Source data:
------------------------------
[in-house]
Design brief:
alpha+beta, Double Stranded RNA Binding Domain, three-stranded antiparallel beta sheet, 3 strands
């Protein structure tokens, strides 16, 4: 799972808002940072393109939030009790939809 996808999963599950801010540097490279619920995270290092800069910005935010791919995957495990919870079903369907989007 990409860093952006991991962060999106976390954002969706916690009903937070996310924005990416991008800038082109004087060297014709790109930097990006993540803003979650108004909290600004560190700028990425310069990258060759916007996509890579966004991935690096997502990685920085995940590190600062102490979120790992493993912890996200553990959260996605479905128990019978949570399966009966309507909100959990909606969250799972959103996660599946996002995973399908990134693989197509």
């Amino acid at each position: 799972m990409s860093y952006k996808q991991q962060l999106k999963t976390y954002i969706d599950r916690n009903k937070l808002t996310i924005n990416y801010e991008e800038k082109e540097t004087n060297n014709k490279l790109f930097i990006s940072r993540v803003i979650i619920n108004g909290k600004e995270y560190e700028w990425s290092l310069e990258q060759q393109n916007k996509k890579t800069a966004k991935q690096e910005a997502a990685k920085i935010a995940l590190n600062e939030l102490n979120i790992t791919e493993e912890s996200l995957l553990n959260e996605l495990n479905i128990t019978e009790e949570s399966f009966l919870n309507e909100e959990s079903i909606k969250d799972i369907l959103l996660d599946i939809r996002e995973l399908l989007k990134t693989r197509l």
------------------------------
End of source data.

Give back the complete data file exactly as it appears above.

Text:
[in-house]
Design brief:
alpha+beta, Double Stranded RNA Binding Domain, three-stranded antiparallel beta sheet, 3 strands
């Protein structure tokens, strides 16, 4: 799972808002940072393109939030009790939809 996808999963599950801010540097490279619920995270290092800069910005935010791919995957495990919870079903369907989007 990409860093952006991991962060999106976390954002969706916690009903937070996310924005990416991008800038082109004087060297014709790109930097990006993540803003979650108004909290600004560190700028990425310069990258060759916007996509890579966004991935690096997502990685920085995940590190600062102490979120790992493993912890996200553990959260996605479905128990019978949570399966009966309507909100959990909606969250799972959103996660599946996002995973399908990134693989197509």
């Amino acid at each position: 799972m990409s860093y952006k996808q991991q962060l999106k999963t976390y954002i969706d599950r916690n009903k937070l808002t996310i924005n990416y801010e991008e800038k082109e540097t004087n060297n014709k490279l790109f930097i990006s940072r993540v803003i979650i619920n108004g909290k600004e995270y560190e700028w990425s290092l310069e990258q060759q393109n916007k996509k890579t800069a966004k991935q690096e910005a997502a990685k920085i935010a995940l590190n600062e939030l102490n979120i790992t791919e493993e912890s996200l995957l553990n959260e996605l495990n479905i128990t019978e009790e949570s399966f009966l919870n309507e909100e959990s079903i909606k969250d799972i369907l959103l996660d599946i939809r996002e995973l399908l989007k990134t693989r197509l």